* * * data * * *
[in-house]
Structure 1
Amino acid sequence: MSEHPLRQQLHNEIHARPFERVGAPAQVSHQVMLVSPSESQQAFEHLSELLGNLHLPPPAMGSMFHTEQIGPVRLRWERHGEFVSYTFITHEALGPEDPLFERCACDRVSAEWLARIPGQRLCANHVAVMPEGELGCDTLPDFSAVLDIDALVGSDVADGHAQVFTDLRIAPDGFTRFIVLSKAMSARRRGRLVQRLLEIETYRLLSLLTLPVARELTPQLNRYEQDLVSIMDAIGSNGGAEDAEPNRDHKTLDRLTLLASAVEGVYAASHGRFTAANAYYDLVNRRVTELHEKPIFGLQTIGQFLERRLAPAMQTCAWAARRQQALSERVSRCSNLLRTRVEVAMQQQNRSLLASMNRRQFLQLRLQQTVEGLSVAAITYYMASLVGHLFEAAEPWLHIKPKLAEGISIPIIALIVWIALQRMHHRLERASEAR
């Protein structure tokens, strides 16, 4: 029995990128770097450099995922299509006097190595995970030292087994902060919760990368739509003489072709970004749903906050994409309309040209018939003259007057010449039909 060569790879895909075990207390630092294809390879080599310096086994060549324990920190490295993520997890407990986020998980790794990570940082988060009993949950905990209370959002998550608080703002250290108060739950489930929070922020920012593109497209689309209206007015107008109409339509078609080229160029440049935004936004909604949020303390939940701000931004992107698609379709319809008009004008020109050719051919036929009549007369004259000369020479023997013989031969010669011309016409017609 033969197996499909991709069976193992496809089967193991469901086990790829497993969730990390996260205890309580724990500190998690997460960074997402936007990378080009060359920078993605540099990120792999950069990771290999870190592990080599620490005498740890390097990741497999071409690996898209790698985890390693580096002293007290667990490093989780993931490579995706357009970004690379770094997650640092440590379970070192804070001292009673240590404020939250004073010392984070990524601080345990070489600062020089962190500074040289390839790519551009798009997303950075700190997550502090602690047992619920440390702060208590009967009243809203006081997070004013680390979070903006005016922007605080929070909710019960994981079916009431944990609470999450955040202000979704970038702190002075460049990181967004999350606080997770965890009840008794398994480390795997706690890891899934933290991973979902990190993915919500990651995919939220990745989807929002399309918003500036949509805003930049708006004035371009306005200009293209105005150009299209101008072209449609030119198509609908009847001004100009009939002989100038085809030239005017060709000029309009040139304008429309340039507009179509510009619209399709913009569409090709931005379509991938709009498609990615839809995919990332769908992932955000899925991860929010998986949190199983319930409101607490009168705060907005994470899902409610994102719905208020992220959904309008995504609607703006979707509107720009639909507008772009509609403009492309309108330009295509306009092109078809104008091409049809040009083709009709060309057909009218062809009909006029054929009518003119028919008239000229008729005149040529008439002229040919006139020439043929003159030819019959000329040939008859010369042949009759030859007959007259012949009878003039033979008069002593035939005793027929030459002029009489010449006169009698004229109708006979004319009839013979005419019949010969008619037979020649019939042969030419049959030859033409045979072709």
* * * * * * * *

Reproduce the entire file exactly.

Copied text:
[in-house]
Structure 1
Amino acid sequence: MSEHPLRQQLHNEIHARPFERVGAPAQVSHQVMLVSPSESQQAFEHLSELLGNLHLPPPAMGSMFHTEQIGPVRLRWERHGEFVSYTFITHEALGPEDPLFERCACDRVSAEWLARIPGQRLCANHVAVMPEGELGCDTLPDFSAVLDIDALVGSDVADGHAQVFTDLRIAPDGFTRFIVLSKAMSARRRGRLVQRLLEIETYRLLSLLTLPVARELTPQLNRYEQDLVSIMDAIGSNGGAEDAEPNRDHKTLDRLTLLASAVEGVYAASHGRFTAANAYYDLVNRRVTELHEKPIFGLQTIGQFLERRLAPAMQTCAWAARRQQALSERVSRCSNLLRTRVEVAMQQQNRSLLASMNRRQFLQLRLQQTVEGLSVAAITYYMASLVGHLFEAAEPWLHIKPKLAEGISIPIIALIVWIALQRMHHRLERASEAR
């Protein structure tokens, strides 16, 4: 029995990128770097450099995922299509006097190595995970030292087994902060919760990368739509003489072709970004749903906050994409309309040209018939003259007057010449039909 060569790879895909075990207390630092294809390879080599310096086994060549324990920190490295993520997890407990986020998980790794990570940082988060009993949950905990209370959002998550608080703002250290108060739950489930929070922020920012593109497209689309209206007015107008109409339509078609080229160029440049935004936004909604949020303390939940701000931004992107698609379709319809008009004008020109050719051919036929009549007369004259000369020479023997013989031969010669011309016409017609 033969197996499909991709069976193992496809089967193991469901086990790829497993969730990390996260205890309580724990500190998690997460960074997402936007990378080009060359920078993605540099990120792999950069990771290999870190592990080599620490005498740890390097990741497999071409690996898209790698985890390693580096002293007290667990490093989780993931490579995706357009970004690379770094997650640092440590379970070192804070001292009673240590404020939250004073010392984070990524601080345990070489600062020089962190500074040289390839790519551009798009997303950075700190997550502090602690047992619920440390702060208590009967009243809203006081997070004013680390979070903006005016922007605080929070909710019960994981079916009431944990609470999450955040202000979704970038702190002075460049990181967004999350606080997770965890009840008794398994480390795997706690890891899934933290991973979902990190993915919500990651995919939220990745989807929002399309918003500036949509805003930049708006004035371009306005200009293209105005150009299209101008072209449609030119198509609908009847001004100009009939002989100038085809030239005017060709000029309009040139304008429309340039507009179509510009619209399709913009569409090709931005379509991938709009498609990615839809995919990332769908992932955000899925991860929010998986949190199983319930409101607490009168705060907005994470899902409610994102719905208020992220959904309008995504609607703006979707509107720009639909507008772009509609403009492309309108330009295509306009092109078809104008091409049809040009083709009709060309057909009218062809009909006029054929009518003119028919008239000229008729005149040529008439002229040919006139020439043929003159030819019959000329040939008859010369042949009759030859007959007259012949009878003039033979008069002593035939005793027929030459002029009489010449006169009698004229109708006979004319009839013979005419019949010969008619037979020649019939042969030419049959030859033409045979072709």